In actual fact, Aron notes that “when we asked CIOs what were the main repercussions of digitalization on their business, the main answers were: a higher turnover from improved operations (34%) and more business opportunities from digital channels (21%). However, these replies show a ‘limit’: the CIOs only consider the potential of digitalisation at an operational level… but there’s much more to it! One can infer this when, by rephrasing the same question, we asked CIOs to classify which were the first 3 most significant impacts of digitalization in their opinion; along with the opening of digital channels and the improvement of processes, this resulted in replies such as ‘strengthening partnerships’, ‘engaging users’, ‘making employees more productive’”.

 …a complex journey towards change

Responding to these expectations will be no easy task, but algorithmic business is here, now, and the technological vision must switch from a system-based approach to a model focusing on the concept of platform. According to Gartner analysts, this is indeed where the new role of CIOs must be expressed as best as possible. “ ‘Lagging’ organizations (those that are trailing behind, that stagnate) think that their business is a black box: raw materials come in (suppliers provide the inputs), in-house resources (people, assets, capabilities) generate products and services that are then issued on the market; the value is created inside the company thanks to the assets (figure 3),” says Aron. “ ‘Leading’ organizations, which currently compete in the ‘new digital world’, think that business is a platform (as shown on the right-hand side of figure 3) and that value comes from ‘connections’, first and foremost between the business and its IT department, but also and more importantly outside the company’s boundaries and along its entire ecosystem.”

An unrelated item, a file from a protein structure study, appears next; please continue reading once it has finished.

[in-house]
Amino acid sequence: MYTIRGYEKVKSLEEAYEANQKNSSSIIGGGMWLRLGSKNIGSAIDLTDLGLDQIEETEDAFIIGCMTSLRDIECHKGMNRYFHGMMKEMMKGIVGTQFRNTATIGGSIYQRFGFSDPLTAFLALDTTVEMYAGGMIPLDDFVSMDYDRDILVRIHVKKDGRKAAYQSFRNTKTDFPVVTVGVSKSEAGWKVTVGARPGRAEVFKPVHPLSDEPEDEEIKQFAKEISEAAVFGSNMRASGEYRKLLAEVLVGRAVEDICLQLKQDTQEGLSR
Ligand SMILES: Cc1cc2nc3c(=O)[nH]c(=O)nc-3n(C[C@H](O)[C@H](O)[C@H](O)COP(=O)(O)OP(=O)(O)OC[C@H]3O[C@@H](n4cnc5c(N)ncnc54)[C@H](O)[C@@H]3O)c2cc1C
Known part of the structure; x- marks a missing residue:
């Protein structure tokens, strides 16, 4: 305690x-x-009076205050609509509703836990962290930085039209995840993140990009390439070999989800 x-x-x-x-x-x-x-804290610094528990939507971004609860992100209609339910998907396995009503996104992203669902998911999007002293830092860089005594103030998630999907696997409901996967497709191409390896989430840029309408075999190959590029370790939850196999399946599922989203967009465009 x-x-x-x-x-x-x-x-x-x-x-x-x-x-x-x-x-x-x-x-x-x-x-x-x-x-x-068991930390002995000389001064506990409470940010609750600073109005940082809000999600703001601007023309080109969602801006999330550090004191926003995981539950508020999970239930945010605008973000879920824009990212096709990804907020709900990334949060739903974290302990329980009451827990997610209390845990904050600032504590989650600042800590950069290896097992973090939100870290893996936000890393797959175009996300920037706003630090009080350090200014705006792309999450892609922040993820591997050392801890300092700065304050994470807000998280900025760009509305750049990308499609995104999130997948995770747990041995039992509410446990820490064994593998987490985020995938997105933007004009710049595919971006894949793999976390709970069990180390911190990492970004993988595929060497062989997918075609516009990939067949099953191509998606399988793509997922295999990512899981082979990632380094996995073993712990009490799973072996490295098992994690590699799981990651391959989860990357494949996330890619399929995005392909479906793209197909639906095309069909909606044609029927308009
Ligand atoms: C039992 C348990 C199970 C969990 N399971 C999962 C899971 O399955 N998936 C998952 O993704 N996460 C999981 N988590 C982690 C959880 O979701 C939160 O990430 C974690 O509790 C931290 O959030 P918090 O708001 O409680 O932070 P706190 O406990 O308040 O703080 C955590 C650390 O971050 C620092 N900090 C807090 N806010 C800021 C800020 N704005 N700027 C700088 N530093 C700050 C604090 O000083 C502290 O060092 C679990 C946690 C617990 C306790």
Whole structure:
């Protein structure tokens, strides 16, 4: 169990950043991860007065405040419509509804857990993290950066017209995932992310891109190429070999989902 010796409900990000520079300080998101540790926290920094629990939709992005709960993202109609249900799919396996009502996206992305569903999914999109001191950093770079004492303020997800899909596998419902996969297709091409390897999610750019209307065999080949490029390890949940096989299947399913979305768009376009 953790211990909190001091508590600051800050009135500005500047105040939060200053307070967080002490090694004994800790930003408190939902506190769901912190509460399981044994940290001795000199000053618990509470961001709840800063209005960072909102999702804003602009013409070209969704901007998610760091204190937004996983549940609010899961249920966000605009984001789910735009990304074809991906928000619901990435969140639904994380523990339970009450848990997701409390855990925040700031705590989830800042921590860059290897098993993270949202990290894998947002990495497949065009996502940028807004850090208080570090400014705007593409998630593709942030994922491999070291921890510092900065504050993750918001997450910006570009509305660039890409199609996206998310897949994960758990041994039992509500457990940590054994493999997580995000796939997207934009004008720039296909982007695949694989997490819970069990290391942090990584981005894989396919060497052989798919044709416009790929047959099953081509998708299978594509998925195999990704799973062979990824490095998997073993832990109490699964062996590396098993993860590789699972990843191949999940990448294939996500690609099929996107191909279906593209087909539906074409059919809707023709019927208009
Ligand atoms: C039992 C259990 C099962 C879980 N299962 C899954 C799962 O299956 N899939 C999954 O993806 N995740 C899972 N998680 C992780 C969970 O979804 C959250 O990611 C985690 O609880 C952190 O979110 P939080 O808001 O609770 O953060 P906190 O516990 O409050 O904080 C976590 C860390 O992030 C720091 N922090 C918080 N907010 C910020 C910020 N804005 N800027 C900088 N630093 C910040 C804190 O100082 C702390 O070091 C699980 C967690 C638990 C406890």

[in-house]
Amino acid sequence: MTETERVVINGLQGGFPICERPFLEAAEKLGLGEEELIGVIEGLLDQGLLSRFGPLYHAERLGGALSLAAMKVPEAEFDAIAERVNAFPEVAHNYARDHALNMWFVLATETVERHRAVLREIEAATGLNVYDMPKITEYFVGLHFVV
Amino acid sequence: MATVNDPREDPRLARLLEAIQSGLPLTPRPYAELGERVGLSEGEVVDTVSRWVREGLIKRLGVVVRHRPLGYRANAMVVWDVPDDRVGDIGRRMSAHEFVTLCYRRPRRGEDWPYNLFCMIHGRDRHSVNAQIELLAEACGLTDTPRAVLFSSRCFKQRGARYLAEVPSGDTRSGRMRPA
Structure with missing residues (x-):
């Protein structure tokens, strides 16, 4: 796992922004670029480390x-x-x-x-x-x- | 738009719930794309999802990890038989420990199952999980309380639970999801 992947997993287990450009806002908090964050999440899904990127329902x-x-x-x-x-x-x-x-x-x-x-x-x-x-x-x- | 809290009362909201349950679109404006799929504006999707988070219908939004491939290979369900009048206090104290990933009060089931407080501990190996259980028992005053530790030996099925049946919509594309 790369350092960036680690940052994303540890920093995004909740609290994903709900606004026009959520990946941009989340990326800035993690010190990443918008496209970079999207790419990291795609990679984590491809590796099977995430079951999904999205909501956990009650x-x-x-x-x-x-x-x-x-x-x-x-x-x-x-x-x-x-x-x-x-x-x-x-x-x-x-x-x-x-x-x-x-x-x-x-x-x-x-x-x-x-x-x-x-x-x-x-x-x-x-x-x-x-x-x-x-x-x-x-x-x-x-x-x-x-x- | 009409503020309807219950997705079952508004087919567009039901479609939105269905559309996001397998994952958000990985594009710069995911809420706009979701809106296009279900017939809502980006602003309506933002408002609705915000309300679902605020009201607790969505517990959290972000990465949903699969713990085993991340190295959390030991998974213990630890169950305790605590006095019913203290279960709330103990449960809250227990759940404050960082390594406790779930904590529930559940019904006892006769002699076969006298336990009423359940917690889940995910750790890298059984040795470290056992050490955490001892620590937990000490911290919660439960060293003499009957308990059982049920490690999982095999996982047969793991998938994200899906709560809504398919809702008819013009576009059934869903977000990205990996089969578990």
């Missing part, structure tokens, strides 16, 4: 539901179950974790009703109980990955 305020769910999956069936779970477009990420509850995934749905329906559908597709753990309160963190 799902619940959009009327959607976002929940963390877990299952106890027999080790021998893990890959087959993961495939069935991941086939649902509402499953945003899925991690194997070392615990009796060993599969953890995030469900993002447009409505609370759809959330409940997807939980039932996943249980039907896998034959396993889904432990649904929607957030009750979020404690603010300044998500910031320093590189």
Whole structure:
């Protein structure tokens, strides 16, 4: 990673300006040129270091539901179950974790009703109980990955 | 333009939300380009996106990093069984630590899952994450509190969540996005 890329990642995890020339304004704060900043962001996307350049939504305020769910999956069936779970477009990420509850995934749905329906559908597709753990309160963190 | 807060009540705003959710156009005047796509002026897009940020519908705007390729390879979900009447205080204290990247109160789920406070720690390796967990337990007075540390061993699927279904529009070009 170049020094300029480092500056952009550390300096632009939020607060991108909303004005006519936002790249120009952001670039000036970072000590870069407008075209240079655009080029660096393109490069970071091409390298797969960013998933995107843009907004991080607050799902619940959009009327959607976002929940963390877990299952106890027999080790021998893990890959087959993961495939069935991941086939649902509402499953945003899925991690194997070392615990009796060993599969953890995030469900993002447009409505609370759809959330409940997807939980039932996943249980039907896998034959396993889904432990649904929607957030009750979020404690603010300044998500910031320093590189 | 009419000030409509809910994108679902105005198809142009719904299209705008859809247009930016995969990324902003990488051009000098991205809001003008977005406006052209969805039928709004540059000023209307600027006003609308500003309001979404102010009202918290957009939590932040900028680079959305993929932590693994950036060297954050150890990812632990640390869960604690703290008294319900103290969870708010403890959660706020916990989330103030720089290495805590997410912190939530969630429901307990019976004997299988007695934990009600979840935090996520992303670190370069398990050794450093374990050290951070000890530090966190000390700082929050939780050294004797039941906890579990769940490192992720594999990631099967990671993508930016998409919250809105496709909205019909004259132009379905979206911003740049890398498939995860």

Therefore, going back to Sondergaard’s words, if the business economic value comes from the ‘connections’ the company can establish, algorithmic business enables these interactions and IT must build the reference digital platform: this is the 2016 CIO Agenda.

The elements of the digital business platform

“CIOs have long understood the strength of the ‘platform-based’ approach of IT architectures,” says Aron, “but what has changed today is the fact that the new digital opportunities and the evolution of threats, including ‘commercial’ and ‘ethical’ challenges that companies must face, reveal the need to design dynamic platforms that penetrate and permeate all business aspects.”